Health insurance fraud cases take new turn with HDL-BlueWave outcome

Government shows it’s serious about Medicare and health insurance fraud cases

This is an excerpt from a 2,700-word article in the February 12, 2018, issue of THE DARK REPORT. The complete article is available for a limited time to all readers, and available at all times to paid members of the Dark Intelligence Group.

CEO SUMMARY: The outcome of the latest Medicare health insurance fraud trial has several critical elements that laboratory managers would do well to note. First, it demonstrates the new personal exposure that individuals may face from the federal government. Second, although the defendants thought they’d get a better outcome by going to a jury, they were dead wrong. Finally, it’s clear that blaming bad legal advice is a losing strategy if you’re thinking of breaking the rules. THE DARK REPORT delivers exclusive insight on how lab executives should manage compliance programs, from an experienced attorney who followed every detail of the trial.

Health care fraud cases imageON JAN. 31, A JURY IN U.S. DISTRICT COURT for the District of South Carolina found Tonya Mallory, the founder and former CEO of Health Diagnostic Laboratories (HDL) of Richmond, Va., guilty of violating the federal False Claims Act (FCA).

Also, the jury found Floyd Calhoun Dent III and Robert Bradford Johnson guilty of violating the FCA. Dent and Johnson had served as sales representatives for HDL while working for BlueWave Healthcare Consultants, HDL’s former marketing partner.

In the jury verdict, the court ordered  Mallory, Dent, and Johnson to pay $16,601,591, which, the jury found, was the value of filing 35,074 false claims for HDL’s services, said attorney Peter W. Chatfield of Phillips and Cohen in Washington, D.C.

Under the treble-damages provisions of the FCA, the defendants’ $16,601,591 liability will be tripled, said Chatfield. He followed the case closely because he represents Michael Mayes, MD, an internal medicine specialist in Hilton Head Island, S.C., who filed one of three Medicare fraud whistleblower suits in the case. As a whistleblower, Mayes stands to collect an amount that is yet to be determined, Chatfield said.

The jury also found Dent and Johnson guilty of violating the FCA for paying $10 to $20 process-and-handling-fee kickbacks to doctors to induce them to order tests from Singulex, a specialty heart lab in Alameda, Calif., the law firm said. For the 3,813 claims filed in the Singulex portion of the case, the court ruled Dent and Johnson must pay $467,935, an amount that would be tripled as well, Chatfield said.

The government alleged that Mallory, Dent, and Johnson conspired to pay kickbacks in the form of blood draw and processing and handling fees that totaled $20 for each blood test referral to HDL. In finding the defendants liable for those false claims, the jury must have concluded that at least one purpose of the payments made with respect to those claims was to induce doctors to order cardiovascular blood tests for federally-insured patients from the former defendant labs that the doctors might otherwise have thought were not medically necessary, the firm added.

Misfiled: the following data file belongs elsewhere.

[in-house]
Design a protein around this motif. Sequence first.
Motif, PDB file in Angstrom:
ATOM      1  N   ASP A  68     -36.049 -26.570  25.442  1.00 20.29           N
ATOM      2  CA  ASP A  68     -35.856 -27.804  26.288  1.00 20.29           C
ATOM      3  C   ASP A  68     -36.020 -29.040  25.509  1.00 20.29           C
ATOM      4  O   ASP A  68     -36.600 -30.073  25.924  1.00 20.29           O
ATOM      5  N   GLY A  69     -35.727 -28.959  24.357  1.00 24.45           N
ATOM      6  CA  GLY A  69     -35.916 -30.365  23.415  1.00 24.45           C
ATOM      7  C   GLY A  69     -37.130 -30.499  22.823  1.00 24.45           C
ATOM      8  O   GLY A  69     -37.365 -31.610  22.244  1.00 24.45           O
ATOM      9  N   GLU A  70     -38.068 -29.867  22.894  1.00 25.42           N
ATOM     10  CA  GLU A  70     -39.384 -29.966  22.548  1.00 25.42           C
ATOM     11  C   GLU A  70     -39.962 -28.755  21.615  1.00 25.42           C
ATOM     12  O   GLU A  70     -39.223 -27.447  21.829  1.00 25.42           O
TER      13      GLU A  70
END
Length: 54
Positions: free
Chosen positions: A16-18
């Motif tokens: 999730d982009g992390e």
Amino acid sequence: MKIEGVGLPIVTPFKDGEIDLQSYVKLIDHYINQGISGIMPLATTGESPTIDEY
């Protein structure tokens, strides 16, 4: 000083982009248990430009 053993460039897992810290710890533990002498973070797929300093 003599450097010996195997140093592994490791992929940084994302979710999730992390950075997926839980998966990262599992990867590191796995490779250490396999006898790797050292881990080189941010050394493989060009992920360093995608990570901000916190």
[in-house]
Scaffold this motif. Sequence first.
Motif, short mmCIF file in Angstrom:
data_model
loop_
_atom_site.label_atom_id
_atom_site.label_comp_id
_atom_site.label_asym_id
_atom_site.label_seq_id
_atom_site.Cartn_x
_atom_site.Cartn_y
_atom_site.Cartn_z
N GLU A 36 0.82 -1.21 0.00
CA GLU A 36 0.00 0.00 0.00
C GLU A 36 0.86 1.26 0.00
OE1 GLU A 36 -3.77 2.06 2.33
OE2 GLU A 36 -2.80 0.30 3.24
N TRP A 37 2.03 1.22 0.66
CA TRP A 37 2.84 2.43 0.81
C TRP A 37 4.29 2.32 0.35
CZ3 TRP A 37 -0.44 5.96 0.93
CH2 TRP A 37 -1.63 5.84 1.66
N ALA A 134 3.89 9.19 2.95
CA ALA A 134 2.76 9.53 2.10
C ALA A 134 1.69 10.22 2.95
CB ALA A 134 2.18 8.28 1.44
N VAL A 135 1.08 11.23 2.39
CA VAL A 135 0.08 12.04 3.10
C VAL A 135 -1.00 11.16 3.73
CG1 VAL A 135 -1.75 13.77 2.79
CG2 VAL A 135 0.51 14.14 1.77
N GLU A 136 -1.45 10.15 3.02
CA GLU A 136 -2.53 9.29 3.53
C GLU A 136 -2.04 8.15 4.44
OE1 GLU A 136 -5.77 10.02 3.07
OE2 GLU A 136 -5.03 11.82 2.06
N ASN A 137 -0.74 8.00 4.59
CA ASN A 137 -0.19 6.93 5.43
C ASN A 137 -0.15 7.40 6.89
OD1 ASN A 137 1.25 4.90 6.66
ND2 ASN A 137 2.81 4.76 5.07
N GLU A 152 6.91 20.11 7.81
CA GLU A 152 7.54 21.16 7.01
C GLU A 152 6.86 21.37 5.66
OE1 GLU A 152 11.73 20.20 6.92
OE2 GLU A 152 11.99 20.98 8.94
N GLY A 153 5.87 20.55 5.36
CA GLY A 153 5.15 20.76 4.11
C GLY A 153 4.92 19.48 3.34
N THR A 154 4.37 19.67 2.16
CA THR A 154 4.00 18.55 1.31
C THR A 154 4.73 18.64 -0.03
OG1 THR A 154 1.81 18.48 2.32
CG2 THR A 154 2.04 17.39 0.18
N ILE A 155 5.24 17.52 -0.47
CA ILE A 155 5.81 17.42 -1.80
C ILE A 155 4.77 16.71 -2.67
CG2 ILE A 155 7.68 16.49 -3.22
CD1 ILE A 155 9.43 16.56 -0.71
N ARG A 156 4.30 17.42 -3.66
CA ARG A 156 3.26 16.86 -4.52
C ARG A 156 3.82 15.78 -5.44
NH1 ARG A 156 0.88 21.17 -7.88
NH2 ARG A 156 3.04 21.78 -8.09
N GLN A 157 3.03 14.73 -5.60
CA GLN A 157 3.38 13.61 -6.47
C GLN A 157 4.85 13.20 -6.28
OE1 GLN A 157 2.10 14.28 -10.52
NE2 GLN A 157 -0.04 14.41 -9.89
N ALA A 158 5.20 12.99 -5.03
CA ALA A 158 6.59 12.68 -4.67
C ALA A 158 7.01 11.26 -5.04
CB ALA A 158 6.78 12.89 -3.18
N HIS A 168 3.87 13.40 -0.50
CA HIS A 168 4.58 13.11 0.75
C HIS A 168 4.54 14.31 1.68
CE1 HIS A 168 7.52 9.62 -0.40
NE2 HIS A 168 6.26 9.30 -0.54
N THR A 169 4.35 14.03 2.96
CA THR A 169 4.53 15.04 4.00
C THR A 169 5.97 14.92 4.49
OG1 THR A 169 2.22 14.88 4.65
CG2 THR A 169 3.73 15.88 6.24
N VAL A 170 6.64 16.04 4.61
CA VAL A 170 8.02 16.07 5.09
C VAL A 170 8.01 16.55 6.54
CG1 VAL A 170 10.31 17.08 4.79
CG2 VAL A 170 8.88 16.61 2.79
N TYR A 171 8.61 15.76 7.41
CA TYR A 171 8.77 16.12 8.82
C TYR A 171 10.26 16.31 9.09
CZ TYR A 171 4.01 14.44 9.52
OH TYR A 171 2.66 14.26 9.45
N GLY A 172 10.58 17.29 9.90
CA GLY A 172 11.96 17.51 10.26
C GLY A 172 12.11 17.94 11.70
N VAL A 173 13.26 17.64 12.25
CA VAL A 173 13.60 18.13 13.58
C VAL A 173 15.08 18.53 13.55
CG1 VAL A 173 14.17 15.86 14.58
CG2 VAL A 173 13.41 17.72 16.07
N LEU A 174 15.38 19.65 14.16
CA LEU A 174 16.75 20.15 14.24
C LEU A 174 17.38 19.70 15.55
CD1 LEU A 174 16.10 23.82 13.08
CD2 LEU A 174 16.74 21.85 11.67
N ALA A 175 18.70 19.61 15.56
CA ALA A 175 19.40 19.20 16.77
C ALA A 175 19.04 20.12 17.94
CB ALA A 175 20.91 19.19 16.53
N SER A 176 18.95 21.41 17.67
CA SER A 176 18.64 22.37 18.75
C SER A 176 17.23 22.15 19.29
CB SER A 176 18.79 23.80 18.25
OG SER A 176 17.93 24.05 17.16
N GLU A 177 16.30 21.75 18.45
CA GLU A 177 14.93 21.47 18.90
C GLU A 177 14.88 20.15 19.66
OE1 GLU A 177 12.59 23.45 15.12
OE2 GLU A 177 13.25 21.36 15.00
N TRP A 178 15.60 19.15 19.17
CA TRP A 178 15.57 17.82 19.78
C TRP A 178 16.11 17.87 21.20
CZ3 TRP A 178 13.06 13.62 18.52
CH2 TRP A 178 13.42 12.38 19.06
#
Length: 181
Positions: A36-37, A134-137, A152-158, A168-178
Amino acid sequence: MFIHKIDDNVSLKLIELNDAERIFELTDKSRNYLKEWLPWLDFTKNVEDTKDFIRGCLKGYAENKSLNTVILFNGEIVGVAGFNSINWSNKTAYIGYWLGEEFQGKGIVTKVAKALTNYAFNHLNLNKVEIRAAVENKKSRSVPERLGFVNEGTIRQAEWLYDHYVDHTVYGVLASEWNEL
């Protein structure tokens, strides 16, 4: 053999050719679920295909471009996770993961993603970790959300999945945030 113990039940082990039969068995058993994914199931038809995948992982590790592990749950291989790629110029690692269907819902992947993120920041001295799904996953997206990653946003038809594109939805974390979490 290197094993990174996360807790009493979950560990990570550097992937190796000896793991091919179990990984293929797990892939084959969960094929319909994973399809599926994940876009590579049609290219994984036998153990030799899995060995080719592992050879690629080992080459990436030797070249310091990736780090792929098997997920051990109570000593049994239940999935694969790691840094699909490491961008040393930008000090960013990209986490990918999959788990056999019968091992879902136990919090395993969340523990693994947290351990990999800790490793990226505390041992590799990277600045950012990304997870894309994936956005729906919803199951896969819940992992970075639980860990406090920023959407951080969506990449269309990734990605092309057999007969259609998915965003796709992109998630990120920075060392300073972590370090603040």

The case began in 2011 when Mayes and two other whistleblowers alleged that the defendants paid kickbacks to physicians to induce them to use HDL’s bloodtesting services. The U.S. Department of Justice joined the case in 2014.

Settlement in Health Insurance Fraud Case

In April 2015, the DOJ announced that HDL and Singulex agreed to resolve allegations that they violated the FCA. Soon after the agreement was announced, HDL filed for bankruptcy and later was sold to True Health Diagnostics of Frisco, Texas. (See TDRs, April 20 and Sept. 14, 2015.)

For clinical lab directors and pathologists, one important take-away from the cases of Mallory, Dent, and Johnson is that all labs should ensure that they get good legal advice from lawyers who specialize in healthcare law, Chatfield cautioned.

“The first lesson is to recognize that, whenever you run businesses in healthcare, it is essential to get advice from people who specialize in healthcare law and understand the complex legal issues of financial arrangements,” advised Chatfield.

Another major issue in the case was how much HDL paid physicians for sending patients’ blood samples to the lab company. Those fees were paid to doctors for processing and handling lab specimens.

“HDL had been paying those fees to physicians before the Inspector General of the federal Department of Health and Human Services issued an advisory opinion in June 2014 that said the payment of P&H fees was illegal,” stated Chatfield.

The OIG issued its “Special Fraud Alert: Laboratory Payments to Referring Physicians,” on June 25, 2014.

Confusion About Payments

Chatfield explained the issue, saying, “Medicare and Medicaid will not permit labs to pay processing and handling fees to referring doctors so that there is no economic incentive to refer specimens to a specific lab.”

“But for HDL and BlueWave, there was confusion about these payments because they started paying those fees before the OIG opinion and they were paying P&H fees above the blood draw fee as a way to compensate physicians for preparing the lab samples for shipping to the lab,” he added. “Their premise was that they could pay doctors to do this because otherwise the physicians were doing work for the lab [processing specimens] that was not compensated. That premise was factually and legally wrong.”

“At this point, if HDL and BlueWave had a healthcare lawyer look at the CPT codes for how doctors are compensated, they would have discovered“ why it was legally wrong.

What lessons should lab professionals draw from this health insurance fraud case? Please share your thoughts with us in the comments below.


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